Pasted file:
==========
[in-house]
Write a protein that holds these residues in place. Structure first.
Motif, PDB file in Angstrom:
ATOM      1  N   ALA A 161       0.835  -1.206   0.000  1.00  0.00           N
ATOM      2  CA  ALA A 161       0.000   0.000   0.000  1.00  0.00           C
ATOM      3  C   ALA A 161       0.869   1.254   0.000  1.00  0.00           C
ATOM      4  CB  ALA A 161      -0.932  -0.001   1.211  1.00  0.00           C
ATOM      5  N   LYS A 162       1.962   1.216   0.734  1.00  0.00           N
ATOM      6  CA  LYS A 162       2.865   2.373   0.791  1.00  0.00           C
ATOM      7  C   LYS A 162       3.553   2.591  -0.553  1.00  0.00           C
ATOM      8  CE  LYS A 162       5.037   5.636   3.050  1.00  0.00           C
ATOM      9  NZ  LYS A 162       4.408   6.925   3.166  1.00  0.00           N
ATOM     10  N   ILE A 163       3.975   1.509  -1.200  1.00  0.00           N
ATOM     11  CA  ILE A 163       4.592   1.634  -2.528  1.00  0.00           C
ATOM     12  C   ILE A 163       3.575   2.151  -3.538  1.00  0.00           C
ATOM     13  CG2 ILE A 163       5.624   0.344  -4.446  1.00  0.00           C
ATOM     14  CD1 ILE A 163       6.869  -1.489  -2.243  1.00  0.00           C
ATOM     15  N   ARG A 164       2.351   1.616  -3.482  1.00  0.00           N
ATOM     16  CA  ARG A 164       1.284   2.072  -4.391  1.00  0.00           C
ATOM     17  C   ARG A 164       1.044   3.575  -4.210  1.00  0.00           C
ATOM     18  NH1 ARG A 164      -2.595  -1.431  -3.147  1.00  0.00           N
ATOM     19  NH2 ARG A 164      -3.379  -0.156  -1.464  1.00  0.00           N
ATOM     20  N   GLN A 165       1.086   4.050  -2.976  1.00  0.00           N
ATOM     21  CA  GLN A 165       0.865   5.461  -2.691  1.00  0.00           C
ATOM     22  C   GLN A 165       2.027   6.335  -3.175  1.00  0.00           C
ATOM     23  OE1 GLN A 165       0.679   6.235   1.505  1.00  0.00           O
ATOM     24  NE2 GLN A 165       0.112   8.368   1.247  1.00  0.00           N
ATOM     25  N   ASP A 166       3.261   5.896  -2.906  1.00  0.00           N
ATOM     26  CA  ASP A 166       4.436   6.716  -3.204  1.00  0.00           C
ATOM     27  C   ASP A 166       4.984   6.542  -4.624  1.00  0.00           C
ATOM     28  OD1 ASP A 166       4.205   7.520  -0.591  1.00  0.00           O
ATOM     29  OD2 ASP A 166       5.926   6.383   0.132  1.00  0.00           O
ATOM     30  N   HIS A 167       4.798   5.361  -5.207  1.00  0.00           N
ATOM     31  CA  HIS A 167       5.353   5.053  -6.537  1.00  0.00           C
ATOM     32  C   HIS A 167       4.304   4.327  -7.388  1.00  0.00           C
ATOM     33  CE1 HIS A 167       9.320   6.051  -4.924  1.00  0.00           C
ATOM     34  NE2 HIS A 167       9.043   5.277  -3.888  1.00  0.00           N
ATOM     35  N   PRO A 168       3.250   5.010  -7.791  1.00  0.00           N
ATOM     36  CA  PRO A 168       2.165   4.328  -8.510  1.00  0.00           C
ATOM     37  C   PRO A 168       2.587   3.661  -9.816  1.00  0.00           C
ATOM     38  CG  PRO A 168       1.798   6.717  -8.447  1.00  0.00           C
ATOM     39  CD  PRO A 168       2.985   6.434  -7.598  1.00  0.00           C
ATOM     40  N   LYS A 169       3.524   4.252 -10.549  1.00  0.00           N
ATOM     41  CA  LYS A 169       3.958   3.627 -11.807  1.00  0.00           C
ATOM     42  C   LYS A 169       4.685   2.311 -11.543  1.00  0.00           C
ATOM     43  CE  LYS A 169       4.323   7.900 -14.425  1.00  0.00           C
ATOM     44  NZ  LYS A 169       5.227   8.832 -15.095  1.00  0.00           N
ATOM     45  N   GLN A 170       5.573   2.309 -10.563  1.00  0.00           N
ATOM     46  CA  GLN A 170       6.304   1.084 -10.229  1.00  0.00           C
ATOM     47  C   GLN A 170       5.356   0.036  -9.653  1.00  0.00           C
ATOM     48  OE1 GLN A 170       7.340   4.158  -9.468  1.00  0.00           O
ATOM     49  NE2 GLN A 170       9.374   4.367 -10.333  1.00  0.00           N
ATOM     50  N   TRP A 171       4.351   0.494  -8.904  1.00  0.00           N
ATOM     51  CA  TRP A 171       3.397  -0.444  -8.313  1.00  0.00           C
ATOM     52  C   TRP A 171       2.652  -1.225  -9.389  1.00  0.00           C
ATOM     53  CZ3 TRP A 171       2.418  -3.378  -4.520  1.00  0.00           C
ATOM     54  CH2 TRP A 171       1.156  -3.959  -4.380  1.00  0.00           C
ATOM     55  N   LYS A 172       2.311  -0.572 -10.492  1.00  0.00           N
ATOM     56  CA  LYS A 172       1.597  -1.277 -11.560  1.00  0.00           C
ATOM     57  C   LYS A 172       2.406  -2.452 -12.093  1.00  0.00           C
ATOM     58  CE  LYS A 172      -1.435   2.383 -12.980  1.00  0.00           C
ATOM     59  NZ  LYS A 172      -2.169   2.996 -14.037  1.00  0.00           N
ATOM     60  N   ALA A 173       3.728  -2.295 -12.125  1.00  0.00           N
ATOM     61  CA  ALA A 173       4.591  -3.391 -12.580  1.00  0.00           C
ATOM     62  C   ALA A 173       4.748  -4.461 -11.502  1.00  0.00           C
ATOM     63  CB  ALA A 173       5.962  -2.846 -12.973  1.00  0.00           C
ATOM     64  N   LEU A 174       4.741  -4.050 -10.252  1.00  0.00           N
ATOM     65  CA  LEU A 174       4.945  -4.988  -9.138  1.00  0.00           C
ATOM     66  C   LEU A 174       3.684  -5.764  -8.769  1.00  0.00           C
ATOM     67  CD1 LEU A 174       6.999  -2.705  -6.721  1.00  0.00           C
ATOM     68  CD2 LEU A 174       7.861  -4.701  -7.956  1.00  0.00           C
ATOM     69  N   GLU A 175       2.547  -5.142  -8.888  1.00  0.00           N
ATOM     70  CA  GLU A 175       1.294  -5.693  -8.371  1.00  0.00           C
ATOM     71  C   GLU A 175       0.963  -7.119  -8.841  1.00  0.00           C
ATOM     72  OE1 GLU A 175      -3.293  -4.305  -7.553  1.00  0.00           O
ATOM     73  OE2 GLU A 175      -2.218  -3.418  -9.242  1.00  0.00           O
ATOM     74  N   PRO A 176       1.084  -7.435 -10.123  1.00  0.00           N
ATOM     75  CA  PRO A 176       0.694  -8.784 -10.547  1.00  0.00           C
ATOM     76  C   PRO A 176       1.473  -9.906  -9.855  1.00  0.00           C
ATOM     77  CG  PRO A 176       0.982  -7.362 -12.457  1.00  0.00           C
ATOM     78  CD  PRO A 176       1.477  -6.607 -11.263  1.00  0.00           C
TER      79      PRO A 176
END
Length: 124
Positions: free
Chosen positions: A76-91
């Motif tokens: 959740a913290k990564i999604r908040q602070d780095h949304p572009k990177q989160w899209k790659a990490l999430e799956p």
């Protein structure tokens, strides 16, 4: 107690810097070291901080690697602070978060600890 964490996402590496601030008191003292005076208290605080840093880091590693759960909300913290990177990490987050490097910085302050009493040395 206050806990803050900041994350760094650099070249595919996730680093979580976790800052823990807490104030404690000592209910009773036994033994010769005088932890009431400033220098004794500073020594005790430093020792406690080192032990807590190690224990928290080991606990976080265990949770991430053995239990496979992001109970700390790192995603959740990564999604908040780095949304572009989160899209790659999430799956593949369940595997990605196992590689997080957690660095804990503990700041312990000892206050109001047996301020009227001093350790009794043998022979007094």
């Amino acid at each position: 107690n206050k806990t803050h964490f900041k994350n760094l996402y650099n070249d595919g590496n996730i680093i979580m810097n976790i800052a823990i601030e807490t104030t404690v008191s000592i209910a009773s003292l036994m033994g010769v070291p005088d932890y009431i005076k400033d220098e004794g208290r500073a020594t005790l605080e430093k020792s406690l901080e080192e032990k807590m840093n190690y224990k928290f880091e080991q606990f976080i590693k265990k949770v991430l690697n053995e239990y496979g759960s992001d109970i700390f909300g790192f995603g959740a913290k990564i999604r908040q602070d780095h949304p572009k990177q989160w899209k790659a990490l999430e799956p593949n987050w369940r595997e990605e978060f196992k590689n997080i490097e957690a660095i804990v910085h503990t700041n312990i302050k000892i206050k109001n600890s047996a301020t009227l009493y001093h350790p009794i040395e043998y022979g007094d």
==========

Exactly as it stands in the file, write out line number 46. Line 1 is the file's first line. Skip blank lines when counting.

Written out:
ATOM     43  CE  LYS A 169       4.323   7.900 -14.425  1.00  0.00           C